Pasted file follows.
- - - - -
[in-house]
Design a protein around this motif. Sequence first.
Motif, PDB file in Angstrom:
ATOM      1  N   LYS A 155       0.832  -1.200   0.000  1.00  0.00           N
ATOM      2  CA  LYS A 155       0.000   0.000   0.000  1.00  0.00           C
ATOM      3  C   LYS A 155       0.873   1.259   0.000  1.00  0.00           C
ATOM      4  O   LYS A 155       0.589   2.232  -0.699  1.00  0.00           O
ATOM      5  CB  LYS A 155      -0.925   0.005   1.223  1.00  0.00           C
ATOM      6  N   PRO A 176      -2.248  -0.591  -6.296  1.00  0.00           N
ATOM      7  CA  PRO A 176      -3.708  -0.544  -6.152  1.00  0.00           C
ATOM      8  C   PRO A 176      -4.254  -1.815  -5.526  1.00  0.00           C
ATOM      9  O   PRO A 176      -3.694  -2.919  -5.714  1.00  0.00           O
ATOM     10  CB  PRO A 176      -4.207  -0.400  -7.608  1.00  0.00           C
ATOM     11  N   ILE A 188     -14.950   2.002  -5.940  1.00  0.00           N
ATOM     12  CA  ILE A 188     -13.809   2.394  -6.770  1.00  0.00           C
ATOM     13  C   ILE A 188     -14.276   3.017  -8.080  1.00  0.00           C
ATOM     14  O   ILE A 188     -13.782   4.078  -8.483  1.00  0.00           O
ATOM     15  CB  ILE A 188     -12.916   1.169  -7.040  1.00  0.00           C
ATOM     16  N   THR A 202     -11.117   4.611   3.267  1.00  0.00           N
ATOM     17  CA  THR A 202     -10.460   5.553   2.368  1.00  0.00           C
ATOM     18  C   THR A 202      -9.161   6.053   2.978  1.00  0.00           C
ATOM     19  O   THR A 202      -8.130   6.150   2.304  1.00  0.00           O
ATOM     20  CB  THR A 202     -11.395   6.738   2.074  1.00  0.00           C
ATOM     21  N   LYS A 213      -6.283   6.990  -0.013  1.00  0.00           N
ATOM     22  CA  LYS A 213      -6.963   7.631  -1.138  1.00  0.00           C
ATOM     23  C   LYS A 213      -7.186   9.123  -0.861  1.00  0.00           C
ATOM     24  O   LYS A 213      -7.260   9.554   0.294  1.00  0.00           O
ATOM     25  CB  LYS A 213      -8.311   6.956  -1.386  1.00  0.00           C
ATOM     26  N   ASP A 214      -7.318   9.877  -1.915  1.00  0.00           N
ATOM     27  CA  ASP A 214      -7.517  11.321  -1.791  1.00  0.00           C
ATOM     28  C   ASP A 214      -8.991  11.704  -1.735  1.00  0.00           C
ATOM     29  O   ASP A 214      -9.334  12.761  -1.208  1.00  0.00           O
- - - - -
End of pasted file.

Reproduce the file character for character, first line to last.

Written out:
[in-house]
Design a protein around this motif. Sequence first.
Motif, PDB file in Angstrom:
ATOM      1  N   LYS A 155       0.832  -1.200   0.000  1.00  0.00           N
ATOM      2  CA  LYS A 155       0.000   0.000   0.000  1.00  0.00           C
ATOM      3  C   LYS A 155       0.873   1.259   0.000  1.00  0.00           C
ATOM      4  O   LYS A 155       0.589   2.232  -0.699  1.00  0.00           O
ATOM      5  CB  LYS A 155      -0.925   0.005   1.223  1.00  0.00           C
ATOM      6  N   PRO A 176      -2.248  -0.591  -6.296  1.00  0.00           N
ATOM      7  CA  PRO A 176      -3.708  -0.544  -6.152  1.00  0.00           C
ATOM      8  C   PRO A 176      -4.254  -1.815  -5.526  1.00  0.00           C
ATOM      9  O   PRO A 176      -3.694  -2.919  -5.714  1.00  0.00           O
ATOM     10  CB  PRO A 176      -4.207  -0.400  -7.608  1.00  0.00           C
ATOM     11  N   ILE A 188     -14.950   2.002  -5.940  1.00  0.00           N
ATOM     12  CA  ILE A 188     -13.809   2.394  -6.770  1.00  0.00           C
ATOM     13  C   ILE A 188     -14.276   3.017  -8.080  1.00  0.00           C
ATOM     14  O   ILE A 188     -13.782   4.078  -8.483  1.00  0.00           O
ATOM     15  CB  ILE A 188     -12.916   1.169  -7.040  1.00  0.00           C
ATOM     16  N   THR A 202     -11.117   4.611   3.267  1.00  0.00           N
ATOM     17  CA  THR A 202     -10.460   5.553   2.368  1.00  0.00           C
ATOM     18  C   THR A 202      -9.161   6.053   2.978  1.00  0.00           C
ATOM     19  O   THR A 202      -8.130   6.150   2.304  1.00  0.00           O
ATOM     20  CB  THR A 202     -11.395   6.738   2.074  1.00  0.00           C
ATOM     21  N   LYS A 213      -6.283   6.990  -0.013  1.00  0.00           N
ATOM     22  CA  LYS A 213      -6.963   7.631  -1.138  1.00  0.00           C
ATOM     23  C   LYS A 213      -7.186   9.123  -0.861  1.00  0.00           C
ATOM     24  O   LYS A 213      -7.260   9.554   0.294  1.00  0.00           O
ATOM     25  CB  LYS A 213      -8.311   6.956  -1.386  1.00  0.00           C
ATOM     26  N   ASP A 214      -7.318   9.877  -1.915  1.00  0.00           N
ATOM     27  CA  ASP A 214      -7.517  11.321  -1.791  1.00  0.00           C
ATOM     28  C   ASP A 214      -8.991  11.704  -1.735  1.00  0.00           C
ATOM     29  O   ASP A 214      -9.334  12.761  -1.208  1.00  0.00           O